With contract negotiations coming down to the wire, IATSE says that members not directly involved in a threatened work stoppage can still engage in “sympathy strikes.” Members can refuse to cross a picket line at their worksites if they chose to do so as a matter of “conscience.”
The union says it will launch its first nationwide strike Sunday night at the stroke of midnight if it can’t reach a fair deal with the Alliance of Motion Picture and Television Producers. Union officials say that they’ve been making “progress” at the bargaining table, but don’t have a deal yet.
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In the event of a strike, not all of the union’s members will have to walk off their jobs. A strike, if it comes to that, will affect most films and TV shows, but not those governed by contracts other than the ones currently being negotiated – the Basic Agreement and the Area Standards Agreement, which cover some 60,000 workers nationwide. Low-budget movies, music videos, most game shows and talk shows, and shows made for HBO, Showtime and other pay-TV channels will not be on strike.
“All workers have a right under the National Labor Relations Act to support other strikers,” the International Cinematographers Guild, IATSE Local 600, told members on its website. “These are called sympathy strikes. They have long been recognized as lawful, protected activity. If you work for an employer that is not subject to a strike, you can still respect the picket line if one is established at your worksite.”
The local noted, however, that “Your right to respect these lawful picket lines may depend on the language of the collective bargaining agreement with your employer.”
“Generally, a simple no-strike clause may not apply to sympathy strikes, and you will have the right to respect the picket line against an individual employer,” the union says. “You lose that right only if there is clear evidence in the contract or other evidence that the right to respect another union’s picket line (that is, withhold work in support of another union’s strike) is waived.”
The local, which has national jurisdiction over films and TV productions, said that members “have a right to honor a lawful picket line” at their job sites even if they’re working under a contract that’s not directly involved in the dispute.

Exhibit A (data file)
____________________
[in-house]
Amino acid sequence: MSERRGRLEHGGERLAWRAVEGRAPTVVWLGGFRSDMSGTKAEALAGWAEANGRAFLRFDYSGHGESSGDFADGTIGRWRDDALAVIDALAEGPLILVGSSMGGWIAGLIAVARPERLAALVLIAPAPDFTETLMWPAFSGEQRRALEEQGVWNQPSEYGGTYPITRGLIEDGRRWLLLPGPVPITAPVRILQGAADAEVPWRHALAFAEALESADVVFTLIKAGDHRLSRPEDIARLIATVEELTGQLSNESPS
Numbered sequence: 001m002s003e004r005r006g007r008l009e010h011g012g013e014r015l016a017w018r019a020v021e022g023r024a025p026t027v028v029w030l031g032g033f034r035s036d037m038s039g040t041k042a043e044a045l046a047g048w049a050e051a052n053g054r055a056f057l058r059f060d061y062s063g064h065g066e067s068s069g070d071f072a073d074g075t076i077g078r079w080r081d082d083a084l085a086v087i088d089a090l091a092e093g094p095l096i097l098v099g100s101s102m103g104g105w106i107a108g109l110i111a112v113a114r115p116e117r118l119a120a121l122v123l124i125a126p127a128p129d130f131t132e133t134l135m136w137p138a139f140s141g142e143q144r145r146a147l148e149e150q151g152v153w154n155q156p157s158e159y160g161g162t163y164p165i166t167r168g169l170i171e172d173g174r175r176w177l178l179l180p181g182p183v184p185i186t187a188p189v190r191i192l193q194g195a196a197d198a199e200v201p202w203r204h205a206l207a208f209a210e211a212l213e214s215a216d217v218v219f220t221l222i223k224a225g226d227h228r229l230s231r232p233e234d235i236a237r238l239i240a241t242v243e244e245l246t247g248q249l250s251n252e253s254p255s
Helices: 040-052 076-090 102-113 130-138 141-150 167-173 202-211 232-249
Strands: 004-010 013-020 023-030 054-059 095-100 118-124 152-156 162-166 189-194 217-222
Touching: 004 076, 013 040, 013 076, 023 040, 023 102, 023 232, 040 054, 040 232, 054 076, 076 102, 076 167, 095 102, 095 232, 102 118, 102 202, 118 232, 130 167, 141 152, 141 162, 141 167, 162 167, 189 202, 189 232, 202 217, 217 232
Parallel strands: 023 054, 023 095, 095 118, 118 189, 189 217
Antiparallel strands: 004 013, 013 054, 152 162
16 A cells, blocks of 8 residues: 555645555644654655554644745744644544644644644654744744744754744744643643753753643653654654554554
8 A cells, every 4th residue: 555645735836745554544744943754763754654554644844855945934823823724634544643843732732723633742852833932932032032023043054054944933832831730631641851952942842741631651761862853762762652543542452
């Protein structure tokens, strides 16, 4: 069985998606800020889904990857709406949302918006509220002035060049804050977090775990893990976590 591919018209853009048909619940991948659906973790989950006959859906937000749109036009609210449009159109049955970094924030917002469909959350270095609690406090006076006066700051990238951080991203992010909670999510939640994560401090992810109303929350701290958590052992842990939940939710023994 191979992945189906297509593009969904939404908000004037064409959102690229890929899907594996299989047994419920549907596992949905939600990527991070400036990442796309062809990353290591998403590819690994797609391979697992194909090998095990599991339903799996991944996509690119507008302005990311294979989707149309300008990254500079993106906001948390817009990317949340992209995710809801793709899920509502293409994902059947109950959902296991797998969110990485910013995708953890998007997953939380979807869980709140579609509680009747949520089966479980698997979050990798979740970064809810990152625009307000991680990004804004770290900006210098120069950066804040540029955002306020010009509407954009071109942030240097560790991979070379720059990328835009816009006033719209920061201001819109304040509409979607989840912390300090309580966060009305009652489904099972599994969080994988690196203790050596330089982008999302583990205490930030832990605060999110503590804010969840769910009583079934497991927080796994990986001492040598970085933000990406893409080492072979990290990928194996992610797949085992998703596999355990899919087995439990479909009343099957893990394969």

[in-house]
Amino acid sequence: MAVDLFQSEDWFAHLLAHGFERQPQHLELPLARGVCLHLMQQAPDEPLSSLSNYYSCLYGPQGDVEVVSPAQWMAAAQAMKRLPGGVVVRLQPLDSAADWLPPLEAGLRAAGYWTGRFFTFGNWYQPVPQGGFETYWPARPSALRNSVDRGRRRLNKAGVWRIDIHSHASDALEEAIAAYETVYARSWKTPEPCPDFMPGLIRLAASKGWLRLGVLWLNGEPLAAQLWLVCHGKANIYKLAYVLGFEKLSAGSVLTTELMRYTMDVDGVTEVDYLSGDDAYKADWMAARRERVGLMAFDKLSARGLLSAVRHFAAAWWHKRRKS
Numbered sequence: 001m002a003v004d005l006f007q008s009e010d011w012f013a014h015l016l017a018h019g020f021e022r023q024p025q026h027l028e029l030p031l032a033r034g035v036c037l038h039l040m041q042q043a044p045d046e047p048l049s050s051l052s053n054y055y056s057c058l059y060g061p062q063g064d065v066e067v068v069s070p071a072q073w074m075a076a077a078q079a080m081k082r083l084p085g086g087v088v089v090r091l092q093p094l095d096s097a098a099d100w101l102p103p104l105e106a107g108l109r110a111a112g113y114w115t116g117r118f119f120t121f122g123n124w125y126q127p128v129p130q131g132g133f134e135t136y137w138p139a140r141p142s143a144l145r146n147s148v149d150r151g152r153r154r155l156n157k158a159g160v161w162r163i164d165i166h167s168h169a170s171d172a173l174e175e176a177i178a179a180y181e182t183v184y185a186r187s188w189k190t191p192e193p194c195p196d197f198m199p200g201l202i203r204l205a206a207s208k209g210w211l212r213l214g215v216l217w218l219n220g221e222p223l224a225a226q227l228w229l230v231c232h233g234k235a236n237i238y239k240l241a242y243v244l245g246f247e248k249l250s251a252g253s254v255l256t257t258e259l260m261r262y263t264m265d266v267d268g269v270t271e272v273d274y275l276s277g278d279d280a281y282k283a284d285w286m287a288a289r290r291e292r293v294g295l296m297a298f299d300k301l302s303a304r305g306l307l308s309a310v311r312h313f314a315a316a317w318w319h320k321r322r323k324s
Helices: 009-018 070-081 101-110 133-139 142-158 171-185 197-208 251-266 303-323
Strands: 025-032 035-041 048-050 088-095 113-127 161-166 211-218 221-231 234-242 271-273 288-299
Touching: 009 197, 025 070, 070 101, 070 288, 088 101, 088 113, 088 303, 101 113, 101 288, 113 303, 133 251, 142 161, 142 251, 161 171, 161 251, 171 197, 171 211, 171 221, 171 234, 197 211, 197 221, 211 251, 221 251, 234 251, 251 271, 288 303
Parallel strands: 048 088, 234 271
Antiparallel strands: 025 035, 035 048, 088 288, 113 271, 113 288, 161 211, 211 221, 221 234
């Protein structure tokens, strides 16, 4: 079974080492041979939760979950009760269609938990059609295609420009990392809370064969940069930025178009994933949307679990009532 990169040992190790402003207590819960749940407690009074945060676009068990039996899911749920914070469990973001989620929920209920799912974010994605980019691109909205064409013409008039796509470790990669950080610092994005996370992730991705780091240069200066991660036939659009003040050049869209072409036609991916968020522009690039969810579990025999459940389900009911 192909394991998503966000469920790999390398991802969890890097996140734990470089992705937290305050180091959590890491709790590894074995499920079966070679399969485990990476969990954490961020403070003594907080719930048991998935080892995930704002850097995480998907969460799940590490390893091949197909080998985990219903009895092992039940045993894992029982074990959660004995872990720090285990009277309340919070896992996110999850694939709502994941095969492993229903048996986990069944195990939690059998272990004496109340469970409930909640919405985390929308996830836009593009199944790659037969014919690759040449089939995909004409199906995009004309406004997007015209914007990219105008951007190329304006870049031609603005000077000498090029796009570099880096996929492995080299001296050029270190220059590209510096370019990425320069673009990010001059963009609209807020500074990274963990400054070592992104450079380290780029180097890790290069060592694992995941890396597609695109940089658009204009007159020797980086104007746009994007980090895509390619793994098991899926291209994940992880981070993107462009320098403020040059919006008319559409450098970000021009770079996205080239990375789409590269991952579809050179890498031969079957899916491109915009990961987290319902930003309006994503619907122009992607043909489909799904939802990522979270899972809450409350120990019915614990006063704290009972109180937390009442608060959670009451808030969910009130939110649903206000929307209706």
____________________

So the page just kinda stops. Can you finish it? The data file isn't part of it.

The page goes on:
These include IATSE’s Low Budget Theatrical Agreement; the Pay Television Agreement; the Commercial Production Agreement; the Music Video Production Agreement; the Sony Picture Animation Agreement, and several other contracts, including the Horizon Alternative Television & Horizon Productions, Inc. agreements; the Secret Lab & The Traveling Lab agreements; the Cranetown & FRB Productions low-budget dramatic & non-dramatic agreements; the Beachwood Services, Inc. Agreement, and the It’s A Laugh Productions, Inc. Agreement.
“Please keep in mind that some contracts require the Union to encourage you to return to work in these circumstances,” the local said. “However, that does not impact your legal right to observe a lawful picket line. You must follow your conscience.”
The local urged members to contact their union representatives “if there is any concern about whether your agreement prevents you from respecting a picket line,” and noted that, “There may be circumstances where picket lines must be limited to certain areas or times. Your representatives will monitor the situation to make sure the rules about lawful pickets are followed.”
The Cinematographers Guild will hold a virtual town hall meeting on Sunday at 9 AM PT to answer members’ questions and give an update on the state of the negotiations. The local noted, however, that “The date and time of this meeting may be subject to change, based on bargaining.”
Chuck Parker, national executive director of the Art Directors Guild, IATSE Local 800, told his members Friday night that “We’re making progress but have not reached the goal line yet. Stay informed and be prepared.”
IATSE has also put out 10 ways for members “to prepare for a strike,” saying that “A strike is our last resort. But if and when a strike becomes necessary, it is important to be prepared. Below are some steps to help prepare you for a strike.”
1. Update your contact information with the union. Make sure the union has your current home address, cell phone number, and email address so you can stay informed on the latest developments.
2. Take stock of your financial situation. Fill out a budget, reduce what spending you can, and try to save a little out of each paycheck – starting now.
3. Keep bills current. Creditors are more likely to work with you when you’re on strike if you’ve paid your bills on time in the past.
4. Contact your utility companies. Contact your utility companies (electric, water, gas, cable/Internet) to let them know you may have to go on strike and to ask about options for alternative payment plans.
5. Postpone major purchases. If you can get by without making a major purchase, wait until the contract is settled.
6. Avoid credit purchases and reduce your credit card debt if you can. You may rely on your credit card if you are on strike. Consider signing up for the Union Plus credit card, which is willing to work with union members on strike.
7. Stock up on food and medicine. Use your health insurance to stock up on medicines you need and stock up on non-perishable food for the future.
8. Use your health insurance now. Take advantage of your current health insurance coverage and schedule any doctor’s appointments you need for yourself and your children now.
9. File your taxes early. Take advantage of the Volunteer Income Tax Assistance (VITA) program for free assistance with filing your taxes. Find a site nearest you on the IRS website.
10. Support your coworkers and stick together!
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